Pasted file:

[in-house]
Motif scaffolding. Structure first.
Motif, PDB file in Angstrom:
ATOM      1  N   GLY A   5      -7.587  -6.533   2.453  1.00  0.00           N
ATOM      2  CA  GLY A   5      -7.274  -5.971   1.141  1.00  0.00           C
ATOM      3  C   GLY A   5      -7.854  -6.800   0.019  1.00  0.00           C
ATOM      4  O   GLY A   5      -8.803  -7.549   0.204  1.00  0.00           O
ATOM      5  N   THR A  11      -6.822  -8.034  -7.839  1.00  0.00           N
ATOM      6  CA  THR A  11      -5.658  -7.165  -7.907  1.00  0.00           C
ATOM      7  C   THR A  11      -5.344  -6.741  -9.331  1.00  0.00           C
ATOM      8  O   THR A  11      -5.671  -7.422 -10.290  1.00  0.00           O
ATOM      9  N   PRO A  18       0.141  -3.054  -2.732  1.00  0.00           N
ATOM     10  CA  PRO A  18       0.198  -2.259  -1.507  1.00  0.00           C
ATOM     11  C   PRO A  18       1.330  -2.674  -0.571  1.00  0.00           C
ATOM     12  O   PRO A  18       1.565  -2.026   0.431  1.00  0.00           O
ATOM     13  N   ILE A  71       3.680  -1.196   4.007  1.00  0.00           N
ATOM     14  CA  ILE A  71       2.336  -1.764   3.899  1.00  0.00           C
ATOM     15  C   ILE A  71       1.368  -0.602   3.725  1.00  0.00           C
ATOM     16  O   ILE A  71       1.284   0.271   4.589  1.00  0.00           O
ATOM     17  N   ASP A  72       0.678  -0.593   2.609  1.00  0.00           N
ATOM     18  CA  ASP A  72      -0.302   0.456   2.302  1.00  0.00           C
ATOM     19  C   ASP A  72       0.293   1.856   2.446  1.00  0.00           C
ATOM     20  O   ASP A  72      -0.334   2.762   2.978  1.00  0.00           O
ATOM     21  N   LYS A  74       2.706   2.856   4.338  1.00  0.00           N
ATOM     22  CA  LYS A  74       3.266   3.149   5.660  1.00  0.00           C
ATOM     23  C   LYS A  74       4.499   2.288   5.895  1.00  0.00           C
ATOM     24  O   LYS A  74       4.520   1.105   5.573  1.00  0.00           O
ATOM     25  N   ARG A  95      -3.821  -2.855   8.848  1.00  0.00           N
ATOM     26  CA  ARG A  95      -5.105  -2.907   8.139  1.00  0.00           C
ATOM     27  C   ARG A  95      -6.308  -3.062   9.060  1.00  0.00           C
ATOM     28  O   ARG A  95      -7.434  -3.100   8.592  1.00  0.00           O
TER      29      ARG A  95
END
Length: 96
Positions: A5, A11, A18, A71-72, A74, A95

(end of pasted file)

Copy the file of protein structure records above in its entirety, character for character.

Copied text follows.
[in-house]
Motif scaffolding. Structure first.
Motif, PDB file in Angstrom:
ATOM      1  N   GLY A   5      -7.587  -6.533   2.453  1.00  0.00           N
ATOM      2  CA  GLY A   5      -7.274  -5.971   1.141  1.00  0.00           C
ATOM      3  C   GLY A   5      -7.854  -6.800   0.019  1.00  0.00           C
ATOM      4  O   GLY A   5      -8.803  -7.549   0.204  1.00  0.00           O
ATOM      5  N   THR A  11      -6.822  -8.034  -7.839  1.00  0.00           N
ATOM      6  CA  THR A  11      -5.658  -7.165  -7.907  1.00  0.00           C
ATOM      7  C   THR A  11      -5.344  -6.741  -9.331  1.00  0.00           C
ATOM      8  O   THR A  11      -5.671  -7.422 -10.290  1.00  0.00           O
ATOM      9  N   PRO A  18       0.141  -3.054  -2.732  1.00  0.00           N
ATOM     10  CA  PRO A  18       0.198  -2.259  -1.507  1.00  0.00           C
ATOM     11  C   PRO A  18       1.330  -2.674  -0.571  1.00  0.00           C
ATOM     12  O   PRO A  18       1.565  -2.026   0.431  1.00  0.00           O
ATOM     13  N   ILE A  71       3.680  -1.196   4.007  1.00  0.00           N
ATOM     14  CA  ILE A  71       2.336  -1.764   3.899  1.00  0.00           C
ATOM     15  C   ILE A  71       1.368  -0.602   3.725  1.00  0.00           C
ATOM     16  O   ILE A  71       1.284   0.271   4.589  1.00  0.00           O
ATOM     17  N   ASP A  72       0.678  -0.593   2.609  1.00  0.00           N
ATOM     18  CA  ASP A  72      -0.302   0.456   2.302  1.00  0.00           C
ATOM     19  C   ASP A  72       0.293   1.856   2.446  1.00  0.00           C
ATOM     20  O   ASP A  72      -0.334   2.762   2.978  1.00  0.00           O
ATOM     21  N   LYS A  74       2.706   2.856   4.338  1.00  0.00           N
ATOM     22  CA  LYS A  74       3.266   3.149   5.660  1.00  0.00           C
ATOM     23  C   LYS A  74       4.499   2.288   5.895  1.00  0.00           C
ATOM     24  O   LYS A  74       4.520   1.105   5.573  1.00  0.00           O
ATOM     25  N   ARG A  95      -3.821  -2.855   8.848  1.00  0.00           N
ATOM     26  CA  ARG A  95      -5.105  -2.907   8.139  1.00  0.00           C
ATOM     27  C   ARG A  95      -6.308  -3.062   9.060  1.00  0.00           C
ATOM     28  O   ARG A  95      -7.434  -3.100   8.592  1.00  0.00           O
TER      29      ARG A  95
END
Length: 96
Positions: A5, A11, A18, A71-72, A74, A95